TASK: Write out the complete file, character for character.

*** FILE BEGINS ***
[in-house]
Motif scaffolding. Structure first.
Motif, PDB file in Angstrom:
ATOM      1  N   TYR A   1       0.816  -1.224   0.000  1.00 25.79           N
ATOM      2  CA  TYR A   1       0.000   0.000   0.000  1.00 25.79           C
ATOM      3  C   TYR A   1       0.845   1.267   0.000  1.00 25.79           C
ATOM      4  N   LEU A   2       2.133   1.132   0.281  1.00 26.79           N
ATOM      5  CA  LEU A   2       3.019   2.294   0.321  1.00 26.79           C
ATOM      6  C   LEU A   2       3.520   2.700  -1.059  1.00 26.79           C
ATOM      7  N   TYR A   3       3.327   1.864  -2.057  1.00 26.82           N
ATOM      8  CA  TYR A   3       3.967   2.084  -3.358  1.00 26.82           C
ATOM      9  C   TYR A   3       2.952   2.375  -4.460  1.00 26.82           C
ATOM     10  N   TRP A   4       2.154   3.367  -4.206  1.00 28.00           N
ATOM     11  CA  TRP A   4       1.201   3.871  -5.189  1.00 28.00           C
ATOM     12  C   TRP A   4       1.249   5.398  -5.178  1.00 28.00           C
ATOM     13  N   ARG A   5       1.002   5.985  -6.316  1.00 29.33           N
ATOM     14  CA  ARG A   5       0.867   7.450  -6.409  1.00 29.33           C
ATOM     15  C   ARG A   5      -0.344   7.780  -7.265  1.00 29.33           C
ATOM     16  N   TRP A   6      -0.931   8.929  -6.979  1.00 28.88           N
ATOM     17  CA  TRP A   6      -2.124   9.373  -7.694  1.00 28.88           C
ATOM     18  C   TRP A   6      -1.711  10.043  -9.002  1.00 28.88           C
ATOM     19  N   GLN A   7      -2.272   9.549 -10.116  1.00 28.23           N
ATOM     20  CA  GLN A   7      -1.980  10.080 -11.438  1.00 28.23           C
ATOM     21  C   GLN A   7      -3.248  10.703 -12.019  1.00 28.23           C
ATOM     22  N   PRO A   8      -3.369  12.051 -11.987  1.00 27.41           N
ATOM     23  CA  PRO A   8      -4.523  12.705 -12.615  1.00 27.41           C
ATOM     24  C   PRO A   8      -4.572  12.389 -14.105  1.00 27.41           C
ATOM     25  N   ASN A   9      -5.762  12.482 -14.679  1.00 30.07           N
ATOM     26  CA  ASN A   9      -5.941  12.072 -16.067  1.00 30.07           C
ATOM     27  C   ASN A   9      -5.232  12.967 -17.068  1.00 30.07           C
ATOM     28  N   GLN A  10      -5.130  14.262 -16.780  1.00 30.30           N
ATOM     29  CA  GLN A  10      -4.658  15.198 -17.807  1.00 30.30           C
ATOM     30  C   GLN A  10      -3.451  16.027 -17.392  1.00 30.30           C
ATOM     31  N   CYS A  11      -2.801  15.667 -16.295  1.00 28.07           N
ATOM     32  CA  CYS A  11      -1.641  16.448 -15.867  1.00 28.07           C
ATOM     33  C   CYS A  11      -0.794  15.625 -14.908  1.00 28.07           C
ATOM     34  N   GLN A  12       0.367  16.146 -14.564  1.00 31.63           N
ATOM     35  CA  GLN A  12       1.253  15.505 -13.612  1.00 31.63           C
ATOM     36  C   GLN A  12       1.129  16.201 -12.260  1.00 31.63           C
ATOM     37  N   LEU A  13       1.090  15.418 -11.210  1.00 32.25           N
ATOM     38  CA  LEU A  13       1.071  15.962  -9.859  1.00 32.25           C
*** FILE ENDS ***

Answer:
[in-house]
Motif scaffolding. Structure first.
Motif, PDB file in Angstrom:
ATOM      1  N   TYR A   1       0.816  -1.224   0.000  1.00 25.79           N
ATOM      2  CA  TYR A   1       0.000   0.000   0.000  1.00 25.79           C
ATOM      3  C   TYR A   1       0.845   1.267   0.000  1.00 25.79           C
ATOM      4  N   LEU A   2       2.133   1.132   0.281  1.00 26.79           N
ATOM      5  CA  LEU A   2       3.019   2.294   0.321  1.00 26.79           C
ATOM      6  C   LEU A   2       3.520   2.700  -1.059  1.00 26.79           C
ATOM      7  N   TYR A   3       3.327   1.864  -2.057  1.00 26.82           N
ATOM      8  CA  TYR A   3       3.967   2.084  -3.358  1.00 26.82           C
ATOM      9  C   TYR A   3       2.952   2.375  -4.460  1.00 26.82           C
ATOM     10  N   TRP A   4       2.154   3.367  -4.206  1.00 28.00           N
ATOM     11  CA  TRP A   4       1.201   3.871  -5.189  1.00 28.00           C
ATOM     12  C   TRP A   4       1.249   5.398  -5.178  1.00 28.00           C
ATOM     13  N   ARG A   5       1.002   5.985  -6.316  1.00 29.33           N
ATOM     14  CA  ARG A   5       0.867   7.450  -6.409  1.00 29.33           C
ATOM     15  C   ARG A   5      -0.344   7.780  -7.265  1.00 29.33           C
ATOM     16  N   TRP A   6      -0.931   8.929  -6.979  1.00 28.88           N
ATOM     17  CA  TRP A   6      -2.124   9.373  -7.694  1.00 28.88           C
ATOM     18  C   TRP A   6      -1.711  10.043  -9.002  1.00 28.88           C
ATOM     19  N   GLN A   7      -2.272   9.549 -10.116  1.00 28.23           N
ATOM     20  CA  GLN A   7      -1.980  10.080 -11.438  1.00 28.23           C
ATOM     21  C   GLN A   7      -3.248  10.703 -12.019  1.00 28.23           C
ATOM     22  N   PRO A   8      -3.369  12.051 -11.987  1.00 27.41           N
ATOM     23  CA  PRO A   8      -4.523  12.705 -12.615  1.00 27.41           C
ATOM     24  C   PRO A   8      -4.572  12.389 -14.105  1.00 27.41           C
ATOM     25  N   ASN A   9      -5.762  12.482 -14.679  1.00 30.07           N
ATOM     26  CA  ASN A   9      -5.941  12.072 -16.067  1.00 30.07           C
ATOM     27  C   ASN A   9      -5.232  12.967 -17.068  1.00 30.07           C
ATOM     28  N   GLN A  10      -5.130  14.262 -16.780  1.00 30.30           N
ATOM     29  CA  GLN A  10      -4.658  15.198 -17.807  1.00 30.30           C
ATOM     30  C   GLN A  10      -3.451  16.027 -17.392  1.00 30.30           C
ATOM     31  N   CYS A  11      -2.801  15.667 -16.295  1.00 28.07           N
ATOM     32  CA  CYS A  11      -1.641  16.448 -15.867  1.00 28.07           C
ATOM     33  C   CYS A  11      -0.794  15.625 -14.908  1.00 28.07           C
ATOM     34  N   GLN A  12       0.367  16.146 -14.564  1.00 31.63           N
ATOM     35  CA  GLN A  12       1.253  15.505 -13.612  1.00 31.63           C
ATOM     36  C   GLN A  12       1.129  16.201 -12.260  1.00 31.63           C
ATOM     37  N   LEU A  13       1.090  15.418 -11.210  1.00 32.25           N
ATOM     38  CA  LEU A  13       1.071  15.962  -9.859  1.00 32.25           C